add_theme_support( 'post-thumbnails' );Boston Hip-Hop on the Up and Up - BANG.
Photo courtesy of Golden Boy Music Group / Facebook

Boston Hip-Hop on the Up and Up

As the host of a hip-hop show for Boston College’s WZBC radio, I have become well-acquainted with the groundbreaking talent emerging from the Boston hip-hop scene. So, I’ve listed some of my favorite songs from my favorite artists, who were kind enough to offer a few words about their music and their take on the Boston hip-hop scene, which they have had a hand in developing and expanding.

“Tangerine Dream” by Mozado feat. Danny Diamonds

Mozado recently released his EP “From Boston w/ Love” featuring fellow Boston artists Kyle Bent, Parissia, David Morrison, Tre Michaels, and one of my favorites, Danny Diamonds. Mozado explained, “I produced the music on the EP and each song features a different Boston based artist. I did it to get the up-and-coming artists in the city to start working together.” The feel-good jam “Tangerine Dream” has become a staple in most of my playlists.

“Tropical Spalding” by Caliph

This most recent single from the New Bedford artist narrates his tumultuous experience as a U.S. immigrant. He shared, “Tropical Spalding is like my H to the IZZO. It’s an honest yet light and happy dance around the struggle of being an immigrant knowing you have more than what it takes but you have to work twice as hard to get it!” Caliph recently participated in a project called American Dreamers with Grammy-nominated and Grammy award-winning producers in order to highlight the plight of immigrants in America.

“No Mo” by Chase Murphy

This 19-year-old artist has come a long way since his first release three years ago and has firmly established his position as one of Boston’s rising stars with his single, “No Mo.” I’ll all0w Murphy to explain: “I wrote ‘No Mo’ the very first week of 2018 after a long, depressing fall and winter that had been full of countless unseen hours at the studio. The song was inspired by my peers and past romantic partners going off to college, while I was seemingly stagnant back in Boston, not enrolled in school. I wanted to show them what I had been up to, and finally put words to how proud I was to be pursuing my passion. Ironically, this was the song that changed a lot of those people’s minds and opened up the doors for all the opportunities I’ve been given since. It feels great to know that hard work paid off and shows how much I can do right here at home.”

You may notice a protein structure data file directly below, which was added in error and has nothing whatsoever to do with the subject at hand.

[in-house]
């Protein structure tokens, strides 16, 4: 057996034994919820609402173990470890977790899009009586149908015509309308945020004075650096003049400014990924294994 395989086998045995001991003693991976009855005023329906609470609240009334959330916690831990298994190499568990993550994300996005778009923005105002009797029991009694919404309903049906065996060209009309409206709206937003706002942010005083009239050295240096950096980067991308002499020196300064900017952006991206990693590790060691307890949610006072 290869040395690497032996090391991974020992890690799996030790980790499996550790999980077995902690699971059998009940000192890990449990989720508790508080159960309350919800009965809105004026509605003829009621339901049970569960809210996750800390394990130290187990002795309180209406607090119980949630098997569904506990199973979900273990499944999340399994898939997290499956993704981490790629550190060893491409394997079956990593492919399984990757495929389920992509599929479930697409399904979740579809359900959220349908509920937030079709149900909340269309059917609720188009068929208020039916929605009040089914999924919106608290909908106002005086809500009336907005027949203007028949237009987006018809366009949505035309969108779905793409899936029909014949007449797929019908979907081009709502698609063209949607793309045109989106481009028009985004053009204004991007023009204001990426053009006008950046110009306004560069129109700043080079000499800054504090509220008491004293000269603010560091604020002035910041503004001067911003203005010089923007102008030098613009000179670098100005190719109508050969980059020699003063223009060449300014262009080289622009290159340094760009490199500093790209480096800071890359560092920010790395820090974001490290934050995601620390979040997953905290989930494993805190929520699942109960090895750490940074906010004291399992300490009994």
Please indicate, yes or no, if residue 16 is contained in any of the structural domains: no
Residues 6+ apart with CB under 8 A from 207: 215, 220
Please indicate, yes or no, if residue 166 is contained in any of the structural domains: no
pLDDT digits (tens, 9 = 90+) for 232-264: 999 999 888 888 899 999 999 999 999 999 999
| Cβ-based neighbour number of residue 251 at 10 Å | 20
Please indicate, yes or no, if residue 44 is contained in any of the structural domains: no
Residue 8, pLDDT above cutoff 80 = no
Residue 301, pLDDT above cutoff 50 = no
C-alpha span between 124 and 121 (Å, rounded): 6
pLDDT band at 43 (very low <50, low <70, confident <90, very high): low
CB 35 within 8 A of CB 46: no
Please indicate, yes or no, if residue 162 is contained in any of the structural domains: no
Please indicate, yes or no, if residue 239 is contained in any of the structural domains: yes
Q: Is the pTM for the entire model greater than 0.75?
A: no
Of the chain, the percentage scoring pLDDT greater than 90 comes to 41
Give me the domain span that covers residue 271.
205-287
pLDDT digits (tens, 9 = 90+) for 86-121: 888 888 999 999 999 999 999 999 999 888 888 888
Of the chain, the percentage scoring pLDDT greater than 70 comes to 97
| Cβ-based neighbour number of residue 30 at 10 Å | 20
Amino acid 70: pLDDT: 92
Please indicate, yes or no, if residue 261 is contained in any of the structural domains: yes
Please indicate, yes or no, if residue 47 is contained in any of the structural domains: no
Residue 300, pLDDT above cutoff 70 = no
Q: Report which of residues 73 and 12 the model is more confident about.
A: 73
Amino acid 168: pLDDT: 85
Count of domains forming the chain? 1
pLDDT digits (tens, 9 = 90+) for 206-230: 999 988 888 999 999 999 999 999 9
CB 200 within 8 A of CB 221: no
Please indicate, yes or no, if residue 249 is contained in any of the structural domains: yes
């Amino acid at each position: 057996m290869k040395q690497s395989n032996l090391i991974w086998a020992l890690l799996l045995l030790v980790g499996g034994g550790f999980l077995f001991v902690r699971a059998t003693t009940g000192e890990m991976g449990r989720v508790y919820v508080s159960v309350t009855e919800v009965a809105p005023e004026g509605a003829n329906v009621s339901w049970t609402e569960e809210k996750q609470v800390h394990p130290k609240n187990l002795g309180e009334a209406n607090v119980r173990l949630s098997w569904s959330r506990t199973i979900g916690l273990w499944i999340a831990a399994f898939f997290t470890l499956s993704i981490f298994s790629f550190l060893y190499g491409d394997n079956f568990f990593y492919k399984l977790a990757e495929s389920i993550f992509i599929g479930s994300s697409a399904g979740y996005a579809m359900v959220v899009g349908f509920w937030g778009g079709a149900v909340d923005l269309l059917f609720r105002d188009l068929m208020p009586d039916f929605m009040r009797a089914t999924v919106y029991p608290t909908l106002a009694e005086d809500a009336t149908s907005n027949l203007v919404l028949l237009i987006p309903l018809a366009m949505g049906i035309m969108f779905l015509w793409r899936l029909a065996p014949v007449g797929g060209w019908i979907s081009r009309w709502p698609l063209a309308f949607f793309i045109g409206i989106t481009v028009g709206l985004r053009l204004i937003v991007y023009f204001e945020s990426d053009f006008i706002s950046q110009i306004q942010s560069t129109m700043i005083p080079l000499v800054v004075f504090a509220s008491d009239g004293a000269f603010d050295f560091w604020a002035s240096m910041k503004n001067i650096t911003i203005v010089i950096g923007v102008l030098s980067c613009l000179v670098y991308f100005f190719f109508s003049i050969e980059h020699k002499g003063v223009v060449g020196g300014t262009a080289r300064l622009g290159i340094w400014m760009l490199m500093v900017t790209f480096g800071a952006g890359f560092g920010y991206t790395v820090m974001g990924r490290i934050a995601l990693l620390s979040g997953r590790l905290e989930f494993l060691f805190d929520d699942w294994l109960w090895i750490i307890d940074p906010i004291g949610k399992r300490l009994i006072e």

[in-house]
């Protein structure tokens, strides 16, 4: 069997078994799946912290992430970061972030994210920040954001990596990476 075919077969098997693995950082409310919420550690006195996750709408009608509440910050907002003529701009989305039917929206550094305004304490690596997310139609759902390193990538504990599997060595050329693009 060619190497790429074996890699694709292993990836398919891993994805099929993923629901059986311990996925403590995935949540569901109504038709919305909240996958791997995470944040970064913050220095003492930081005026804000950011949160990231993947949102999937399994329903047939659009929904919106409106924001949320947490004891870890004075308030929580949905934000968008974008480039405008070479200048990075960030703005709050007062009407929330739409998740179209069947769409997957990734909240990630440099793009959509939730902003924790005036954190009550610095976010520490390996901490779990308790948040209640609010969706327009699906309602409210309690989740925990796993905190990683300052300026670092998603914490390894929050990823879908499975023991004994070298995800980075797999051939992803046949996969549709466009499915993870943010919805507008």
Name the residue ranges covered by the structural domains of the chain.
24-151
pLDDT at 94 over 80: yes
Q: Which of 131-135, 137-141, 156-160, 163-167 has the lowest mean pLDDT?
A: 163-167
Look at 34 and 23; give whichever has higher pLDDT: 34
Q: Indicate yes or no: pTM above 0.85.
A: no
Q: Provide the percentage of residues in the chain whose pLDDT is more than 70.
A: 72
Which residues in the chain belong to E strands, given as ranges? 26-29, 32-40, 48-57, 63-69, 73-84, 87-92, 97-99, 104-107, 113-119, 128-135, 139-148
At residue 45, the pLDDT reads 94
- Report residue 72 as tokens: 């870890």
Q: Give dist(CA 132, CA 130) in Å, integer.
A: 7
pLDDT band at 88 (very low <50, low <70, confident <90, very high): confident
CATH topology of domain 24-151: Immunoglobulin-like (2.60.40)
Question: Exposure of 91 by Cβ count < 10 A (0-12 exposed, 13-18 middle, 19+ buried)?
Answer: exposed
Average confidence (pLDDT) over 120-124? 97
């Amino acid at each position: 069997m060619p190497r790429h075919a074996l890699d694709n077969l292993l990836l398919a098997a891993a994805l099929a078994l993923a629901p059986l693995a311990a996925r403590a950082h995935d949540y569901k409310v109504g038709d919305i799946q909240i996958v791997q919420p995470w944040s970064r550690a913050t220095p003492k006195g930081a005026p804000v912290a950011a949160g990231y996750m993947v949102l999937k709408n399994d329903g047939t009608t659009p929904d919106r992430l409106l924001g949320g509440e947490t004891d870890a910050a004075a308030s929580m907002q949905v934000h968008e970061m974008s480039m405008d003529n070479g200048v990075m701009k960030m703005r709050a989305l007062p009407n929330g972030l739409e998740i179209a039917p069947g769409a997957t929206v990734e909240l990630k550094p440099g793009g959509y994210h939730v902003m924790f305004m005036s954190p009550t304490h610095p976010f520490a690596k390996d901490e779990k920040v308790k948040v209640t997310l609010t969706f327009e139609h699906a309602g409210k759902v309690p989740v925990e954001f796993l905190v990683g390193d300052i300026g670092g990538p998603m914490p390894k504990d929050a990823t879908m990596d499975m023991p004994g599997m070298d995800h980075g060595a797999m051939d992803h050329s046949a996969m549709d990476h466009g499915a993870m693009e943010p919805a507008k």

“City Coming Up” by Libossi

I was lucky enough to interview Libossi last year for the Boston music platform Fresh Out the Mint. When asked about being a hip-hop artist from Boston, he said “I’m so proud to say I’m from Dorchester, and I love what’s happening in Boston music right now. If it weren’t for Boston artists, especially people like Cousin Stizz and Michael Christmas, I don’t think I would be putting out music. I don’t know them personally, but just seeing artists from my city working on their craft showed me that I could really do this. The Boston scene is responsible for my musical existence in a way. I don’t know if I would be doing what I’m doing right now without looking to these other artists for motivation.”

“One Job” by TeaMarrr

TeaMarrr released her fiery new single, "One Job," on August 31, 2018, and I certainly wouldn’t want to be the guy she wrote this song about...Anyways, this Boston-born artist released her EP "Thanks for the Chapstick" last year, and she recently relocated to Los Angeles to begin crafting her first full-length album "Tea Turns to Wine." In line with her single's savagery, she also offered her passionate view of the Boston hip-hop scene: “It’s small. There’s a really sturdy glass ceiling when it comes to music in Boston. We have the sexiest buildings, ancient history, the most powerful schools, and the best hospitals but for some reason the music scene hits the glass ceiling and just kinda bounces around. But for some reason, lately it’s been buzzin’. It’s now the time for Boston. [I’m] so excited to see the city blow up and be one of the names that can help get the music recognition we deserve.”

Quotes have been slightly edited and condensed for clarity and length.

+ posts

A gal who likes to read, write, and listen to Rihanna (the three Rs).